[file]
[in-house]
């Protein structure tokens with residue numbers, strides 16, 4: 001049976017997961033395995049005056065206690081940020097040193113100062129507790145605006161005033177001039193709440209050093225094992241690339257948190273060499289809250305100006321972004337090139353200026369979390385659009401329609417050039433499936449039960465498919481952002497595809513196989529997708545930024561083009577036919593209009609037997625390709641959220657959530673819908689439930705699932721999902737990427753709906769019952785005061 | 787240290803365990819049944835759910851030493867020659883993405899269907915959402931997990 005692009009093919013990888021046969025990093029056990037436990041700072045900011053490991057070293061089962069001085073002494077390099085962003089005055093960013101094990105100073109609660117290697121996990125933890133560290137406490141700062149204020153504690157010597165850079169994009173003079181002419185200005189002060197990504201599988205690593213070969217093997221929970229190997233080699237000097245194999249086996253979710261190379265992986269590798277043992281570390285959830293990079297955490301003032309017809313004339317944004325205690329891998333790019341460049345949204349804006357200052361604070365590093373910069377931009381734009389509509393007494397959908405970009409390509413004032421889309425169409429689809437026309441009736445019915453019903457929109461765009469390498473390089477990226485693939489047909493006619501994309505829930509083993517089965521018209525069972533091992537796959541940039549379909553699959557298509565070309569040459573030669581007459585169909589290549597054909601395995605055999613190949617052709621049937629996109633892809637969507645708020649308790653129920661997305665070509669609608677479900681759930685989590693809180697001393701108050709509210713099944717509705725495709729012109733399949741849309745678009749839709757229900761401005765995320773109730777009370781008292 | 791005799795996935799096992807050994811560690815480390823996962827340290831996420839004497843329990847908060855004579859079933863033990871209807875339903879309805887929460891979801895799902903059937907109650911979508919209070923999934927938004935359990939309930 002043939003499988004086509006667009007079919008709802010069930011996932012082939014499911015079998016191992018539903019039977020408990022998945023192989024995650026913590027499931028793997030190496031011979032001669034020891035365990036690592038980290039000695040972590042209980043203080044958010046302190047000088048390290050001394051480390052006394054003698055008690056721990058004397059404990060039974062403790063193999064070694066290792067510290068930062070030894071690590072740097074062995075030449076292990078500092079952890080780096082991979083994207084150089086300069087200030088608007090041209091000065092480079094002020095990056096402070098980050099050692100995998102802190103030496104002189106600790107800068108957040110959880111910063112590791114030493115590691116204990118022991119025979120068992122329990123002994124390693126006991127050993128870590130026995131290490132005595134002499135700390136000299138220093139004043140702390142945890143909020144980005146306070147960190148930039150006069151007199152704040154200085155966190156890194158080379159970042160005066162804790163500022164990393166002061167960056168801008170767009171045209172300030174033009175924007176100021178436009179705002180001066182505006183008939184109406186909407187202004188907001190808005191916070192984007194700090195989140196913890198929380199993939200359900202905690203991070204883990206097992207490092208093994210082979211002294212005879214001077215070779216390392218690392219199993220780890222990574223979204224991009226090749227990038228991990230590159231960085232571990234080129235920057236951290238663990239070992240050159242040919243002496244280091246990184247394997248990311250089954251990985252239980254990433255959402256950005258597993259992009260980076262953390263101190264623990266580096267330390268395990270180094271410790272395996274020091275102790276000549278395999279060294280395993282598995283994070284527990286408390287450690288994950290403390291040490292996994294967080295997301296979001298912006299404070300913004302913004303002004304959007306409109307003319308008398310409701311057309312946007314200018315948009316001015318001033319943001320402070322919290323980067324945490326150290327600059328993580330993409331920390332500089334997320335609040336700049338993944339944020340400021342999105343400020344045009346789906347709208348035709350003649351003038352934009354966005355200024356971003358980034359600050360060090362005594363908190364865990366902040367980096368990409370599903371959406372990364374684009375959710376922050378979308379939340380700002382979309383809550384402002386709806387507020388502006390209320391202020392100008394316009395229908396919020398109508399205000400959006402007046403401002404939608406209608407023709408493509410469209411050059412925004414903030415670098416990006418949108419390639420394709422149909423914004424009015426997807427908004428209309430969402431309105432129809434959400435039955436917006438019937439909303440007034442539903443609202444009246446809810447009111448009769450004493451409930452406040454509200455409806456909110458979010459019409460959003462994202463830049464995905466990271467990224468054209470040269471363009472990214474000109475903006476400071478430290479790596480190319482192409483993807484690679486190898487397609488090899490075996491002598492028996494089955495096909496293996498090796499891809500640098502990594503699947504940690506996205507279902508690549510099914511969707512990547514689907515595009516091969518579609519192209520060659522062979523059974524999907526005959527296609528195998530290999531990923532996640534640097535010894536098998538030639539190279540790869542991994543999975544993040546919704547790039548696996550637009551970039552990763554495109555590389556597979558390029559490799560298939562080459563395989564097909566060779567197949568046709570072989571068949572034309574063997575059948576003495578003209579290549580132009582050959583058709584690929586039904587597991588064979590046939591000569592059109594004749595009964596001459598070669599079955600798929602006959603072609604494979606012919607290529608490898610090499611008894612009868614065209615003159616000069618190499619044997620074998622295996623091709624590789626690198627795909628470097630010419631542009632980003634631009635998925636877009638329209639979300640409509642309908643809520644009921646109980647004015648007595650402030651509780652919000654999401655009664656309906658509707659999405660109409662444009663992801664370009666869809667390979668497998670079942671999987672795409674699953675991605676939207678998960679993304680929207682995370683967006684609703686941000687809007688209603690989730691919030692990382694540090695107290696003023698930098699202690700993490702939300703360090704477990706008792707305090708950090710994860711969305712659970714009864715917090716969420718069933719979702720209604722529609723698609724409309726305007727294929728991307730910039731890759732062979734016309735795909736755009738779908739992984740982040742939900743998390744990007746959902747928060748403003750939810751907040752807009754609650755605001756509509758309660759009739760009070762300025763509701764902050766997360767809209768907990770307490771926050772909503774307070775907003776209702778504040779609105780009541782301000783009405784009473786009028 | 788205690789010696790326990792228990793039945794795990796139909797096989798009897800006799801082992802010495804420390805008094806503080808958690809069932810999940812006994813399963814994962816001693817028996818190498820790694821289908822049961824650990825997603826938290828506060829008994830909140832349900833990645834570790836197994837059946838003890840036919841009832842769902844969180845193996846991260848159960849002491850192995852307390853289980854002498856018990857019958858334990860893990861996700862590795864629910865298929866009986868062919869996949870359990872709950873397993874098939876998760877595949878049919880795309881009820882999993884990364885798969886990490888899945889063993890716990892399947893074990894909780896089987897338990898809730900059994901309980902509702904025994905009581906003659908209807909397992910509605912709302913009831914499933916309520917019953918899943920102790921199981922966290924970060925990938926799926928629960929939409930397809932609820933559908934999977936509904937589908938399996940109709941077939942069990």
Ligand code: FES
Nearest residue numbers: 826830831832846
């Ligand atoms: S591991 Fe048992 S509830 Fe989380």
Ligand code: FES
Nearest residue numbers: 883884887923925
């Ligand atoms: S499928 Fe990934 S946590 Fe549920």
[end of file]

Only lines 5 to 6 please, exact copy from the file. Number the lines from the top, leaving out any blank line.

């Ligand atoms: S591991 Fe048992 S509830 Fe989380």
Ligand code: FES